Friday Prosecco was flavoured with Pokemon Go! last night. Now I have to admit we’ve not really experienced Pokemon Go! in our household since my little one ran into the sea with his i-Pod in his pocket a week before it was released – we’ve kind of missed the craze, but I’ve read all about it in Forbes and The Guardian and The Telegraph. And last night, I happened upon a tweet from Carl Hendrick showing a list of writing tasks linked to Pokemon Go! with the horrified message “this kind of stuff should be eradicated from our classrooms!” I like Carl – he reminds me of gin. We get along well and can spar without rancour, so I piled in. And it went on for several hours. The thing is, I couldn’t really see the problem.
Personally I wouldn’t choose that as a context for learning. We all bring our values into our teaching. My fundamental belief is that education is there to create a better world. And by better, I mean a more moral, more kind, more thoughtful world, full of wise people. It underpins all my choices and decisions when it comes to teaching. The texts I choose to teach, the writing and speaking tasks I choose to set are often underpinned by this belief. Kids are bombarded with a diet of dilemma in which they learn, in the words of the International Baccalaureate, “that other people, with their differences, can also be right,” and through which they genuinely have to grapple with multiple perspectives and views.
Other people firmly believe in the importance of teaching children a ‘canon’ and others fix their sights on skills, developed through engaging contexts. Good luck to them all. So I wouldn’t choose Pokemon as a ‘topic’ unless I could think of a good dilemma/problem to drive it. Something about global capitalism, or obesity or the disconnect between the real and imagined worlds… You get me?
But I defended this teacher’s choices nonetheless because we had so little information on which to make such a judgement. What if the writing tasks led to beautiful, well structured writing and that was the objective? I mean, if the subject matter is good enough for Forbes, The Guardian and The Telegraph, who are we to judge? What if it was put together specifically for reluctant writers, say in primary school, who would more than likely be asked to do similar tasks in their SATs tests? We don’t know. In so many cases, context is king, but the outcome is the kingdom.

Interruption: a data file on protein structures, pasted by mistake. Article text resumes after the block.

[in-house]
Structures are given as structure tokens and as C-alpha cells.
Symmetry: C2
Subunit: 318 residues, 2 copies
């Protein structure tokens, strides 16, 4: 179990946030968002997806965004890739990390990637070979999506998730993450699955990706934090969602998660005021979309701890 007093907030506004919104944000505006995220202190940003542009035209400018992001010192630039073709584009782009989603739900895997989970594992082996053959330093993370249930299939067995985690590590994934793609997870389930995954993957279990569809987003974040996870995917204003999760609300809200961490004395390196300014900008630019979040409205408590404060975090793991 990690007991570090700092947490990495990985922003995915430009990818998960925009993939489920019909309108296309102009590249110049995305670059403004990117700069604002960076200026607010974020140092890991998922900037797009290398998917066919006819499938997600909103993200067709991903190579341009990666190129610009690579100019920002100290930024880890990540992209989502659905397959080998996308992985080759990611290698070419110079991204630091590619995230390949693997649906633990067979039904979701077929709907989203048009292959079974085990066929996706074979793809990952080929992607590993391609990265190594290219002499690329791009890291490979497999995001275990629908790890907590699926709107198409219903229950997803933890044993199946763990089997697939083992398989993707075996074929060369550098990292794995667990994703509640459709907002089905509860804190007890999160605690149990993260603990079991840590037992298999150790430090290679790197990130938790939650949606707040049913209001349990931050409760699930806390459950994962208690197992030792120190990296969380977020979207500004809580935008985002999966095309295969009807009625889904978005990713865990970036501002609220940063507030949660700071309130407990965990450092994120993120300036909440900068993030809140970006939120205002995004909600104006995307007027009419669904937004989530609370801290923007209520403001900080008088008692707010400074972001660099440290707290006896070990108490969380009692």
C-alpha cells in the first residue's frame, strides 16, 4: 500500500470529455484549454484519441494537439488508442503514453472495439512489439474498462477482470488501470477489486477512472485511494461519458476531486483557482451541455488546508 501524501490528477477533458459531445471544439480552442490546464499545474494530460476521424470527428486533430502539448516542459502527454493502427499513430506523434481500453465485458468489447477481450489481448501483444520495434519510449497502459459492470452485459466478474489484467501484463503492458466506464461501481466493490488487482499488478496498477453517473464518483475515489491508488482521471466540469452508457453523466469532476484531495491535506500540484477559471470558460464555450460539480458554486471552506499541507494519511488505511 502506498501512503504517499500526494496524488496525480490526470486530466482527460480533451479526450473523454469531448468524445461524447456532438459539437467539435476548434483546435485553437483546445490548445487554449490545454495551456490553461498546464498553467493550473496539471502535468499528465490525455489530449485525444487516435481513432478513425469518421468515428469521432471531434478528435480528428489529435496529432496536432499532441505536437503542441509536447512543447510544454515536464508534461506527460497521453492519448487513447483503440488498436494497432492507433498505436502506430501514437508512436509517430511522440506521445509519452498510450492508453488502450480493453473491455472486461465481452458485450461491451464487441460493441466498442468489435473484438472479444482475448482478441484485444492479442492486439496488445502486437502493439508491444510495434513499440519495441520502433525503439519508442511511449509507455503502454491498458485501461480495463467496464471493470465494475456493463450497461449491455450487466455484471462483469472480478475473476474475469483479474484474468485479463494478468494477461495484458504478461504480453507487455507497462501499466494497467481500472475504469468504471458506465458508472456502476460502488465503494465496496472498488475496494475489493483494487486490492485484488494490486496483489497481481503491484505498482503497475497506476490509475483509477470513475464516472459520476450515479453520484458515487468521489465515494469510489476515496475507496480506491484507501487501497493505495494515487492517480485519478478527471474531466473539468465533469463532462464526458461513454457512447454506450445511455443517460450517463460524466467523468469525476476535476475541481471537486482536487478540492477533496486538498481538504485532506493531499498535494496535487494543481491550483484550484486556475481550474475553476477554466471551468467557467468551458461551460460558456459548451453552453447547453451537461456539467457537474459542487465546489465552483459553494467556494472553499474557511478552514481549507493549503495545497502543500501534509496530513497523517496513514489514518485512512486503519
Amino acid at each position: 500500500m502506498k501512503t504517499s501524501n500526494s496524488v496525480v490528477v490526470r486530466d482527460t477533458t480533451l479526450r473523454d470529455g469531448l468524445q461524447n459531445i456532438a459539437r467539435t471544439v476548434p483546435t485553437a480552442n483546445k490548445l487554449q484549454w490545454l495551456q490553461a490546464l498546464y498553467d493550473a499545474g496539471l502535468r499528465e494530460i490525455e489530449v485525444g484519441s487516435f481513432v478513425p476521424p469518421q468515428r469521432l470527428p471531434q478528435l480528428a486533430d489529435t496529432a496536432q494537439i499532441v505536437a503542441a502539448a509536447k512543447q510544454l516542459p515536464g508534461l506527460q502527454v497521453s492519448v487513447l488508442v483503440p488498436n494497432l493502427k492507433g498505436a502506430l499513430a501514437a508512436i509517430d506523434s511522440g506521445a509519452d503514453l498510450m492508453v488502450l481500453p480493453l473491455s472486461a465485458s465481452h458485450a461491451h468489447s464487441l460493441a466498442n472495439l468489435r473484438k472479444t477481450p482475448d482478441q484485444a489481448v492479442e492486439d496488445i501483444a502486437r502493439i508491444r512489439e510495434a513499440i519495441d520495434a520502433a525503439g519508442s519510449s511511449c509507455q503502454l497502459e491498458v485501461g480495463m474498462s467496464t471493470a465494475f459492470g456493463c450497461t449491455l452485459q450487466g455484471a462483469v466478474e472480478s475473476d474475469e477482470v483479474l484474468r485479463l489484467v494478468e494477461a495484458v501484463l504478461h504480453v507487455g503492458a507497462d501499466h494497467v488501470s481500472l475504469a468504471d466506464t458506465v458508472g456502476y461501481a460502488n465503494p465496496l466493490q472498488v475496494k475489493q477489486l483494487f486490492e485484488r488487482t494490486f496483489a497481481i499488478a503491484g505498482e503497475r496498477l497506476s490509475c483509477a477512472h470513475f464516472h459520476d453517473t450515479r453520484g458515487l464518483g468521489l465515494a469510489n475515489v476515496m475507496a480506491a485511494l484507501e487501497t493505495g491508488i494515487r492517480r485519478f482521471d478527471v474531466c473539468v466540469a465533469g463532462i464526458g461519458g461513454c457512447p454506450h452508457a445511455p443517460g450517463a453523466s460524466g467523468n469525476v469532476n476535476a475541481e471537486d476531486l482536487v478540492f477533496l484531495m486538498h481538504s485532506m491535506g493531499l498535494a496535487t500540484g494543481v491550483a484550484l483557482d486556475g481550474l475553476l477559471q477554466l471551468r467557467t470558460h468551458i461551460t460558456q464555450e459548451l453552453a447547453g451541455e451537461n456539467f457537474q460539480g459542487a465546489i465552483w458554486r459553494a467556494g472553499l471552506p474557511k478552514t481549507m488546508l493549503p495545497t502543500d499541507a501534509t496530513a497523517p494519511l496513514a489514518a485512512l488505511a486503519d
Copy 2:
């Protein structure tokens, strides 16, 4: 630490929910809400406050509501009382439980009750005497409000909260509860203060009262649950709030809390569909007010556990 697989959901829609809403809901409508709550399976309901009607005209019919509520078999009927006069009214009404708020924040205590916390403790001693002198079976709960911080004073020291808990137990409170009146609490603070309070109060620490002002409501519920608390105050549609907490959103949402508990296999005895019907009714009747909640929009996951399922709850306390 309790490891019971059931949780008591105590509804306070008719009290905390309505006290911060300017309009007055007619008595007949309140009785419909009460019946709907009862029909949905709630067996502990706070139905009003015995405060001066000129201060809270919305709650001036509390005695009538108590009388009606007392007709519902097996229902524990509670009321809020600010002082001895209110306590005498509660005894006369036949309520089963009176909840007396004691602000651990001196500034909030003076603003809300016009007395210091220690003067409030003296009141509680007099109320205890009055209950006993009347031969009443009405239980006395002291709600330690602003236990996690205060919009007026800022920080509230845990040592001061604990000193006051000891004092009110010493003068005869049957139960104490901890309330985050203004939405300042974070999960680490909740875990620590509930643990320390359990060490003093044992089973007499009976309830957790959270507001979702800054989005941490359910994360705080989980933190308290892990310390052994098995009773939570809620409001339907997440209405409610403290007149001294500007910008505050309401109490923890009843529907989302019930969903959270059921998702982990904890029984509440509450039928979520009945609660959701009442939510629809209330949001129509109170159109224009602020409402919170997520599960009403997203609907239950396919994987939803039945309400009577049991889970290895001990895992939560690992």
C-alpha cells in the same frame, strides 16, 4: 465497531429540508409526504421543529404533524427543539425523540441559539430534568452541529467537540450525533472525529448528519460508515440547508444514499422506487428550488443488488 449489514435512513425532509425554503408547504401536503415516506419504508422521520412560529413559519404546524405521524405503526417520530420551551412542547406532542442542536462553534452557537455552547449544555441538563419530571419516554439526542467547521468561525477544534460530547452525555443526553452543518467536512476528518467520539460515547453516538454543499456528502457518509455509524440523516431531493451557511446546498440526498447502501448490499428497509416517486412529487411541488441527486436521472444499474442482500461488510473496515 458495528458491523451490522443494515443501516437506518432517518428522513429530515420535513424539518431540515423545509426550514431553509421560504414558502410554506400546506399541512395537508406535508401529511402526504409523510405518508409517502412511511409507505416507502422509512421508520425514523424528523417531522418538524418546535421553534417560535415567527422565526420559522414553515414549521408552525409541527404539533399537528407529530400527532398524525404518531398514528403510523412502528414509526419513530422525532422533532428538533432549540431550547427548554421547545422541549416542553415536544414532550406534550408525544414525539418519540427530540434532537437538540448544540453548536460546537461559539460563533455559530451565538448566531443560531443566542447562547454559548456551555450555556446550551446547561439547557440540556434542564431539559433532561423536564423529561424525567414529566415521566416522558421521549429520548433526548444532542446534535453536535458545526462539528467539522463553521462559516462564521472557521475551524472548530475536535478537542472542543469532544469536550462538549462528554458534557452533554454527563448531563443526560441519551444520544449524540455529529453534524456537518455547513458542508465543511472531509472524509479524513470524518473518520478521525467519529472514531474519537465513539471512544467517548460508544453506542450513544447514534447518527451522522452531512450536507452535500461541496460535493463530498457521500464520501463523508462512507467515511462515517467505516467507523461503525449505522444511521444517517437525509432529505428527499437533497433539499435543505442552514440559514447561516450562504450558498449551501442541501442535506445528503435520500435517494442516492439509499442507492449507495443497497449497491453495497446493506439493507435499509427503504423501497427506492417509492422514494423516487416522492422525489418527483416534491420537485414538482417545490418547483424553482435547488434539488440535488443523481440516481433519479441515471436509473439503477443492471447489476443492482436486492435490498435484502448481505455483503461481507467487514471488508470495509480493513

Martin Robinson, who again, I have huge respect for, joined the discussion suggesting that instead, the context could have been the Oresteia plays by Aeschylus. Leaving aside the time it would take to read the three plays with children, you have to question the content. Spurned sexual advances leading to a curse; adultery, revenge, murder, bare breastedness…perfect for the end of Year 6 performance, no? No. Not really. Even the myth of Perseus is fraught with some difficulty when Zeus appears to the princess Danae as a golden shower and impregnates her. I’ve had to do a fair bit of glossing over in my time. But this set of plays, written with an adult audience in mind, is not suitable material for children in Key Stages 2 and 3. Nor is the underage sex romp Romeo and Juliet in my opinion. That’s not to say we can shy away from difficult material, but there are plenty of texts that explore these issues with a child/young adult audience in mind. Fiction has a wonderful capacity to distance and protect children so they can view these things from a safe position of dislocation. But let’s not pretend this is the reason we choose the ancients – we do that to prove we’re being academically rigorous. Nothing more.
We have to be careful that we don’t blindly elevate the old over the new. That we don’t leap in to judge other’s choices based on our own preferences. You can be writing about slugs and have high quality work – the challenge and level of expectation come through the process and the outcome – what you’re prepared to accept as good enough. The extended vocabulary, explanations and knowledge you draw out of the pupils as they craft and draft their writing. That’s the work. That’s the craft of teaching.